Man has a love-hate relationship with insects. Almost everyone can appreciate the beauty of a butterfly, the industry of social insects like ants and the honey made by bees. Few enjoy the sting of a mosquito, being chased by hornets or surrounded by a swarm of gnats which are getting into your eyes, ears, nose and mouth. Spiders provoke great fear in a segment of the population, others find them affectionate pets and some eat them. I am fond of spiders and appreciate the good work that they do in catching less desirable species. I consider them more as pets than food.
Insects that are recognizable as being closely related to species that we still have today were already thriving during the Carboniferous Period, 300,000,000-years ago. Roaming among the fern-rich swamps that would become the coal we burn today were cockroaches that were 12-feet long when insects underwent a period of gigantism. Fortunately these were killed off during a world-wide extinction event, and we only have their much smaller relatives today. Man with a history in the fossil record going back only 1.5 million years is very much a new arrival on the world scene.
What insects are, their colors, diverse shapes and methods of moving have provided inspiration for the design of everything from vehicles, clothing, jewelry to crawling robots that can run, climb and fly. Some of these now only exist in the movies, but others are rapidly approaching reality. When a class of animals has evolved for hundreds of millions of years, nature has much to teach us about design.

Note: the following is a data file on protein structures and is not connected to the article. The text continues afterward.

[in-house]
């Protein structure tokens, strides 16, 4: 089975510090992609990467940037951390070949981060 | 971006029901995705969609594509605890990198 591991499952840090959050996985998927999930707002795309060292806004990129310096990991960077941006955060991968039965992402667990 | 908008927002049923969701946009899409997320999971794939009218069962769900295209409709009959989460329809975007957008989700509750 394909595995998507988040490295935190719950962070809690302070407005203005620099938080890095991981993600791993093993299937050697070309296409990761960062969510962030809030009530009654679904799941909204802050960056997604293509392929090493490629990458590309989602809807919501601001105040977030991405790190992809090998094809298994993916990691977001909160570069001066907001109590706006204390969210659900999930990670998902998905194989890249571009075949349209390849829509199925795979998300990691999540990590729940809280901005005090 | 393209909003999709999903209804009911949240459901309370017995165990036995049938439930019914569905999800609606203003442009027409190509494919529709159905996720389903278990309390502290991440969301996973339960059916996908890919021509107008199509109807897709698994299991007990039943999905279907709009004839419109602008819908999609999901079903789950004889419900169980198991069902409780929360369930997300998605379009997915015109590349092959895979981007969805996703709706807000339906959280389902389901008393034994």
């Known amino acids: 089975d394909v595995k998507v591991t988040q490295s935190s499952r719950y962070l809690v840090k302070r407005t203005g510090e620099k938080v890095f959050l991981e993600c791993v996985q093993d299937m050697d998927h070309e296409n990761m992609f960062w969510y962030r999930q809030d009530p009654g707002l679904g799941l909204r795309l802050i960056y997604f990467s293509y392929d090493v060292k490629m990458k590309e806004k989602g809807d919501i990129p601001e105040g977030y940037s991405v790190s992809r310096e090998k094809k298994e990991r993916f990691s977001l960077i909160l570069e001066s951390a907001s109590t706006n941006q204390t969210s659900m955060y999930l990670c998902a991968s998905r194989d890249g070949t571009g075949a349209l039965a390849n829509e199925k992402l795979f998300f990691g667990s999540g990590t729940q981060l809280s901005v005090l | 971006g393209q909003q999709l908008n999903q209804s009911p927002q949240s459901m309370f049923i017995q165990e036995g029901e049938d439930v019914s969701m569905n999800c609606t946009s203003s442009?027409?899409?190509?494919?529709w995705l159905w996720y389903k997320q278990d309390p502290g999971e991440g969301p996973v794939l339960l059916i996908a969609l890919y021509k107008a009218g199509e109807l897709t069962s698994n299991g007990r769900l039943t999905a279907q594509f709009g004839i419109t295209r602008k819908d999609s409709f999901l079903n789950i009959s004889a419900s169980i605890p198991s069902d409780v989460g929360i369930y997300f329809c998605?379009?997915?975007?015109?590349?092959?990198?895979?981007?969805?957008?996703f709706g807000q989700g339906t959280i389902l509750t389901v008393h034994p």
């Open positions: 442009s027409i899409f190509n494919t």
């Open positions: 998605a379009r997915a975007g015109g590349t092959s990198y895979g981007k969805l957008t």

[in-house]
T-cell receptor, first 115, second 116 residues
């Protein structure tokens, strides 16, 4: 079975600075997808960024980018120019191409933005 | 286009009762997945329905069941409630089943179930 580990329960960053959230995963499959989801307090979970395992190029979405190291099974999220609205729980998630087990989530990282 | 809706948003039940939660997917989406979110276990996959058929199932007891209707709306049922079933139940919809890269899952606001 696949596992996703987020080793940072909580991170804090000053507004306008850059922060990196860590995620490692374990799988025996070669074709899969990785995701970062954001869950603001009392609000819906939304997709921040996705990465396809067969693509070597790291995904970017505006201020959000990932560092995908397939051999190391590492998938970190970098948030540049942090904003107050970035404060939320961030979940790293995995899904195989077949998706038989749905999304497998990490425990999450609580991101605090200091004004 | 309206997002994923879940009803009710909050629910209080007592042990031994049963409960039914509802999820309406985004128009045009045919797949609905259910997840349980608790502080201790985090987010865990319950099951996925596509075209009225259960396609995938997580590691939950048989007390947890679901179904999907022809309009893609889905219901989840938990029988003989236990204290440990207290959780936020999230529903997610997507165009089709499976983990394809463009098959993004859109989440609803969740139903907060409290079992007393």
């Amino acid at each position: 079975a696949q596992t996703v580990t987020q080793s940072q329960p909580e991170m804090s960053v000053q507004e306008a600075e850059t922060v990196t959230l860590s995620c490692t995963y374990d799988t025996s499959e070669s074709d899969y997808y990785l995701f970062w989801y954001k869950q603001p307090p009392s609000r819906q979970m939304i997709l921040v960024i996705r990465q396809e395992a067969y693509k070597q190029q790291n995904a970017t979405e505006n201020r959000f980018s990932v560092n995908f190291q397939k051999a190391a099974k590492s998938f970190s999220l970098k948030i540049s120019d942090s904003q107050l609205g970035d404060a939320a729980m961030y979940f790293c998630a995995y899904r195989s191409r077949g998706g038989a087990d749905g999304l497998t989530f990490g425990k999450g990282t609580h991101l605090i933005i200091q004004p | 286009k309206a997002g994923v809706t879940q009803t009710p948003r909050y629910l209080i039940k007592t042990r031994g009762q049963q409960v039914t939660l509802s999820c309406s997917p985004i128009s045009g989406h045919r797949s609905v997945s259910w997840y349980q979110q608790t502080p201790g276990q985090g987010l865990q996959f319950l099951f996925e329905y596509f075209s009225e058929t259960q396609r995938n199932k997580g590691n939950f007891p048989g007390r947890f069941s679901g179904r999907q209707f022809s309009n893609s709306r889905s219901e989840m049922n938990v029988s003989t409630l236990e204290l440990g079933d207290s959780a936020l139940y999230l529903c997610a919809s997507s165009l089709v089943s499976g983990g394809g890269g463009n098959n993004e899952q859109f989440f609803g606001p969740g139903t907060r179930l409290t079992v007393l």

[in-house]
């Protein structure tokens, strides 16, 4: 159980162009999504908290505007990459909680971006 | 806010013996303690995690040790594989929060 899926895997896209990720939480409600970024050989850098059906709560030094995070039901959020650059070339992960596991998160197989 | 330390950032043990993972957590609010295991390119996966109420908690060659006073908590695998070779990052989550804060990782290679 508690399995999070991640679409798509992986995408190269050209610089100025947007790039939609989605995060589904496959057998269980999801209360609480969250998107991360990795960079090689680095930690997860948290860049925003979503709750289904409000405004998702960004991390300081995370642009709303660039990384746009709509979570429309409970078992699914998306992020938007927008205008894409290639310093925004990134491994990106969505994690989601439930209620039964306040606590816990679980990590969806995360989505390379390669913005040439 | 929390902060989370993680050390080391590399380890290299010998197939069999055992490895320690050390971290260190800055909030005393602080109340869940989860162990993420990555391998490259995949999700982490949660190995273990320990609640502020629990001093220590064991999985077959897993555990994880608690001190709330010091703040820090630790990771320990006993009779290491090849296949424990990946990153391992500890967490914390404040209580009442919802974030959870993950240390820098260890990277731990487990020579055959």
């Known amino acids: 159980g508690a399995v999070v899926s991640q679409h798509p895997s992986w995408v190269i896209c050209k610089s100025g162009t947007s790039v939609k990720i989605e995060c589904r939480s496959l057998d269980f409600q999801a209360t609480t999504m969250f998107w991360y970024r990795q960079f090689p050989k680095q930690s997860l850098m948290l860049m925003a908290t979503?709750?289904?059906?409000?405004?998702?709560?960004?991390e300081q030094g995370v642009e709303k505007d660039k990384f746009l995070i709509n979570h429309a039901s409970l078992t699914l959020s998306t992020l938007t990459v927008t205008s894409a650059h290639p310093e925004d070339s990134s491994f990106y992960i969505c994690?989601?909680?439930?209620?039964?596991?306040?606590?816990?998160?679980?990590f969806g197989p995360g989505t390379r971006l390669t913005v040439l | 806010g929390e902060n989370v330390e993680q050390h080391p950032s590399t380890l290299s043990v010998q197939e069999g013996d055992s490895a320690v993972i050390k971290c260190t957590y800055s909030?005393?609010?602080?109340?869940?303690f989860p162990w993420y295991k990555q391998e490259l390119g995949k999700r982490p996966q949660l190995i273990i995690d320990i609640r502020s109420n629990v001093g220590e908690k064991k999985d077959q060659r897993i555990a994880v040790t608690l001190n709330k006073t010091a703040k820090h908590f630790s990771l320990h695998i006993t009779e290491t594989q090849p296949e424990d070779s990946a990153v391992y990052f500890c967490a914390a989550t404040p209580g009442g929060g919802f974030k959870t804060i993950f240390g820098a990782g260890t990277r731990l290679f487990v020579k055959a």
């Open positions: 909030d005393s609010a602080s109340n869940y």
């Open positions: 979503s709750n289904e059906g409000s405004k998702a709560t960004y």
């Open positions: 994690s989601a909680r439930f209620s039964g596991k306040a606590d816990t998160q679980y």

Marketing eatable insect products to a sometimes fearful and suspicious public presents its challenges. The best results thus far has been to present a group of insect-derived products in a stand-alone display, rather than having insect-protein enhanced breads among other breads, high protein bars mixed with candies and protein powders in the baking isle. This approach makes two things very clear to potential buyers, A. That they are purchasing products derived from insects and not being in any way mislead about the products or what is in them and B. Separate displays allow the beneficial impacts of eating insect-derived protein to be explained. In short, the combined display has selling power that ordinary rack placement does not.
For the sake of drawing attention to insect-derived products nation wide, it is desirable for the industry to help sponsor a fine dining restaurant in at least one major city, say New York, that specializes in the production of good tasting insect-derived dishes that are fully up to the standards of fine dining – something much more advanced than sprinkling a few bugs on top of a dish. The establishment’s name should directly and easily be identified as to the type of food that is served and its derivation. A name like The Bug Palace would not be too outlandish. The contrast between this name and a fine dining experience would draw instant attention from the press and reviews, good, bad and indifferent would highlight the eatable insect moment and perhaps even spawn a TV show. The possibilities are there, they just need to be promoted.
The U.N. , the FDA, FFA and 4-H organizations can offer aid and be enlisted to help promote insect farming as a valuable crop to be harvested as a by-product of commercial organic agriculture or a off-season activity for farming operations. Successful commercial insect production as food is labor intensive, but requires much less space and fewer resources than any other type of agriculture while returning a larger profit margin. For example, the conversion of spaces once used for dairy-farming to insect-rearing operations could take advantage of existing structures and a history of clean food-handling practices to produce a more profitable product than milk. This potential switch in operational outlook will require retraining and a considerable marketing campaign.